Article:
Greetings, cyber enthusiasts! This year we hacked a satellite and won $50K!! Okay, now that I’ve got your attention, that last sentence isn’t fake, but let’s go back to a few days ago…
I’m Alessandro — Alemmi on the internet — and while I always enjoy playing CTFs with my workmates here at Würth Phoenix, I’m also part of the mhackeroni Team with whom I participate in CTFs in my free time.
As I set foot on the vibrant streets of Las Vegas, I couldn’t help but want to tell you about my journey. But first, why was I in Las Vegas in the middle of August? This year, mhackeroni earned a double qualification for two of the most important CTFs of the moment, the well-known DEFCON and the first CTF in space, Hack-A-Sat.
Ummm, who are mhackeroni? Oh well, mhackeroni is an Italian CTF team made up of several smaller teams from all over Italy. But before we start with that story, we need a little context…
DEF CON (also written as DEFCON, Defcon or DC) is a hacker convention held annually in Las Vegas, Nevada. Every year [~ WIkipedia] and the Defcon staff organize a CTF where the best teams in the world compete against each other. We have some experience with Defcon CTF, in fact we played in the finals for 2018, 2019, 2020, 2021 and of course, 2023.
Hack-A-Sat instead is a new event. It’s the world’s first CTF in space. In the previous 3 years they organized a space-themed CTF in the aerospace village at Defcon, but this year they launched a satellite into orbit just so it could be hacked.
I N C R E D I B L E
And YES, we did it, we won Hack-A-Sat 4!
With that, if you’re a sysadmin, you now have all you need for a good CTF. But fortunately I’m not a sysadmin and so — poof, some networking magic — and we now have 10Gb WiFi.
This year we played from a suite in the Venetian (no, it’s not at all like the real Venice/Venezia, the water is too unnervingly crystal clear). We divided our suite into two sections, one for the Hack-A-Sat and the other for Defcon, I mostly played Defcon this year.
Because no one gives out much information about Hack-A-Sat, we had to do some osint before the CTF. The day before they gave us the first instructions on how to contact the satellite, the language we would have to use, etc.
There are 5 ground stations around the world and we had an API for scheduling the tasks. We could contact the satellite only as it was passing over the ground stations, and during this period we could schedule tasks and get the logs for our previous tasks.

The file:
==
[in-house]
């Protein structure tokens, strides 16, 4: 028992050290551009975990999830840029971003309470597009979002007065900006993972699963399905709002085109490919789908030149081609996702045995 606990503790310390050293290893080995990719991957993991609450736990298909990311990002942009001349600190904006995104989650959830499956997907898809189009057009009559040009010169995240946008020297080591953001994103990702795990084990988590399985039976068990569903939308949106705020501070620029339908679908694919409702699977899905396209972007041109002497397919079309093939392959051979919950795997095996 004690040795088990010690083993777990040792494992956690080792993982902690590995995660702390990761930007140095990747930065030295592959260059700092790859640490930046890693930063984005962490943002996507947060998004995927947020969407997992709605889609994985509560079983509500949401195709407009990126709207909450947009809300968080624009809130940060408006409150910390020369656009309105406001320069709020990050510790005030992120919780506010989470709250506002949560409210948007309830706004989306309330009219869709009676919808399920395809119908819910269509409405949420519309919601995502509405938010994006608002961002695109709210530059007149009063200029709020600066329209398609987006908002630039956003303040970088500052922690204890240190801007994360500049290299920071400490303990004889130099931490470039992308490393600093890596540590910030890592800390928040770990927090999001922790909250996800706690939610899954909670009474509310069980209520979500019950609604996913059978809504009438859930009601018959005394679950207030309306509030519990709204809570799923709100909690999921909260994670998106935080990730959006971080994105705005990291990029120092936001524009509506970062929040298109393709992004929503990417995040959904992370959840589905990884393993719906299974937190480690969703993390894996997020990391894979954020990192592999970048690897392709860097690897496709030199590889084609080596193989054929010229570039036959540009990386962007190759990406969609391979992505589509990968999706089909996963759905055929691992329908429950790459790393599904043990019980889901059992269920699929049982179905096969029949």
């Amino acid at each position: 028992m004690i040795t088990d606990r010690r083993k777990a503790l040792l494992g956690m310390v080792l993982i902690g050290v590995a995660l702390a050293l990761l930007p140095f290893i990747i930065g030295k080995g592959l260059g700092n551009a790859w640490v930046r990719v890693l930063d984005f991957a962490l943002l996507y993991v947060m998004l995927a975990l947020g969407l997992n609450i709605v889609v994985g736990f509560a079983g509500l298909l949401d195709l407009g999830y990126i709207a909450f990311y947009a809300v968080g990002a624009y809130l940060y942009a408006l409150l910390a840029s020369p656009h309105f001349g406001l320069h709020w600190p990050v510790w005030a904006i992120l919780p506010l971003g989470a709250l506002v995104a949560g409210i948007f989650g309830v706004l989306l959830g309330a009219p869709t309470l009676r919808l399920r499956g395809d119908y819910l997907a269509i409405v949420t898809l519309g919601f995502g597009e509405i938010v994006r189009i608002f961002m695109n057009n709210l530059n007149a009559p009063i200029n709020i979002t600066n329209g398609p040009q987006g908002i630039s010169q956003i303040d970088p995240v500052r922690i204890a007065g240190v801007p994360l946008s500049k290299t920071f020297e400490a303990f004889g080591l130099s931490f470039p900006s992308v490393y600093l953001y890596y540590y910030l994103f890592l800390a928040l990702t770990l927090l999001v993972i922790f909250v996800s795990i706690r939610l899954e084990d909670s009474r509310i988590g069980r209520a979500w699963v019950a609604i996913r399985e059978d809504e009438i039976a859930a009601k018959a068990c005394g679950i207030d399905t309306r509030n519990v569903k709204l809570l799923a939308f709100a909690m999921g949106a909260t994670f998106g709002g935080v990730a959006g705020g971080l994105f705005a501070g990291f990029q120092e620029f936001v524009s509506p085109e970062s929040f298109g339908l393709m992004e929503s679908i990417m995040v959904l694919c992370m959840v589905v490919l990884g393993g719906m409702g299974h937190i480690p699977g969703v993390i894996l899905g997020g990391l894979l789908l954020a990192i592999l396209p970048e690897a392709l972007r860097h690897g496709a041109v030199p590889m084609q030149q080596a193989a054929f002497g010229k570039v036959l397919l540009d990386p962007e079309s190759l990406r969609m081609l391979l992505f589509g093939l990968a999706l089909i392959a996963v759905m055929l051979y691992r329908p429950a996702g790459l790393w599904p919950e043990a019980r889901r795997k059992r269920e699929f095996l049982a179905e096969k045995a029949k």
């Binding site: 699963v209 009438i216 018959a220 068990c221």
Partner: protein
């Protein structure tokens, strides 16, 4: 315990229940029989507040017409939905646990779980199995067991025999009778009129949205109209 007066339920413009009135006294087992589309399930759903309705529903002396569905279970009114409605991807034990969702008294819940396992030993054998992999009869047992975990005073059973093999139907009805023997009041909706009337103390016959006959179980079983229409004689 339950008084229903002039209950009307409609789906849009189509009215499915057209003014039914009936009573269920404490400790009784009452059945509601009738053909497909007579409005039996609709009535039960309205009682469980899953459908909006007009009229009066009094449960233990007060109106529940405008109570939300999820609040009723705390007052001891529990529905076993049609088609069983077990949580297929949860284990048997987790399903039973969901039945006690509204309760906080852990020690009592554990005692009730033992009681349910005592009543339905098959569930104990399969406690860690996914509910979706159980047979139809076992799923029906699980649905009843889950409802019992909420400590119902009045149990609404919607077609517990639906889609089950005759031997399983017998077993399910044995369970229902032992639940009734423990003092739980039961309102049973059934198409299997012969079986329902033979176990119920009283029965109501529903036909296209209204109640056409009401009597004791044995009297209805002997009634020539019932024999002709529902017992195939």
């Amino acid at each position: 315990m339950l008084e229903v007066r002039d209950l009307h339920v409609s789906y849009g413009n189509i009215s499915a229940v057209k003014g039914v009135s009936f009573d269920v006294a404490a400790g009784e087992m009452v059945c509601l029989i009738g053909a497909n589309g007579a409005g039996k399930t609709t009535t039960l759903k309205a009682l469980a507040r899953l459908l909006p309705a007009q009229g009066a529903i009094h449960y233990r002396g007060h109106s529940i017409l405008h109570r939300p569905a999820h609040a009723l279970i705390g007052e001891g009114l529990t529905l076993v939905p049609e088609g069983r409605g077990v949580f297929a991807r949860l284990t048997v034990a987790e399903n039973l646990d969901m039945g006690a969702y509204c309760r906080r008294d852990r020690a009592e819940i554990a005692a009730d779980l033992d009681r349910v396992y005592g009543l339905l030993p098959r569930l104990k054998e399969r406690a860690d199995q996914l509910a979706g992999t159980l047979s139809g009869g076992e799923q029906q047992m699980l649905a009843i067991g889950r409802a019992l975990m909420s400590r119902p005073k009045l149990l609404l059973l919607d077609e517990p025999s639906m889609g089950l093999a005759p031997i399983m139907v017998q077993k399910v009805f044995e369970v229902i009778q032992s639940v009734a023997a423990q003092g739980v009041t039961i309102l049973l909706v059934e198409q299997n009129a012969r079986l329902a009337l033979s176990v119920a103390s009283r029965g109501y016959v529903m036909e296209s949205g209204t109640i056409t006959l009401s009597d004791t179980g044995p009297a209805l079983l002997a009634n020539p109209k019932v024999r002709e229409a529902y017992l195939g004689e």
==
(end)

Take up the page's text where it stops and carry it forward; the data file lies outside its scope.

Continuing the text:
Defcon started the same day, 1 hour after Hack-A-Sat, so we split into two teams, each of which was made up of sub-teams per challenge. NOW we could finally start hacking…
And…we also hacked the Defcon scoreboard, sorry organizers <3, but we warned them about that bug. Anyway, they took away the illegally taken points and said they would fix it.
We woke up and…
Ooooookay, nevermind, let’s keep on focus. On the second day Hack-A-Sat finished, but they didn’t tell us who was the winner, and we didn’t know anything about our score, or even if we had solved the challenges, because it was a human checking them and the scoreboard hadn’t been updated yet. So we continued hacking Defcon CTF.
During this switchover we experienced a lot of network issues in the arena: we had a 400Kb connection that wasn’t nearly enough for uploading the crucial network logs needed for the competition in the suite. As a result, those who were not actively working on a challenge at that moment started running back and forth with USB drives to bring us the logs. Not too funny for the sysadmin, but we laughed a lot.
(Yes, we did it, we hacked the scoreboard again)
Finally from the arena came the news: we won Hack-A-Sat, and this is what happened:
Then Defcon was also over: tenth out of twelve, an excellent result for us 🙂
Our space photo from the moonlighter:
As the dust settles on our exhilarating journey through Las Vegas, I find myself awash with a mixture of emotions—pride, satisfaction, and an insatiable hunger for more. As I conclude this chapter, I extend my deepest gratitude to my teammates, the vibrant city of Las Vegas, and the cybersecurity community that continues to inspire and push us forward.
Thanks folks, and here’s some meme for you
Did you learn from this article? Perhaps you’re already familiar with some of the techniques above? If you find security issues interesting, maybe you could start in a cybersecurity or similar position here at Würth Phoenix.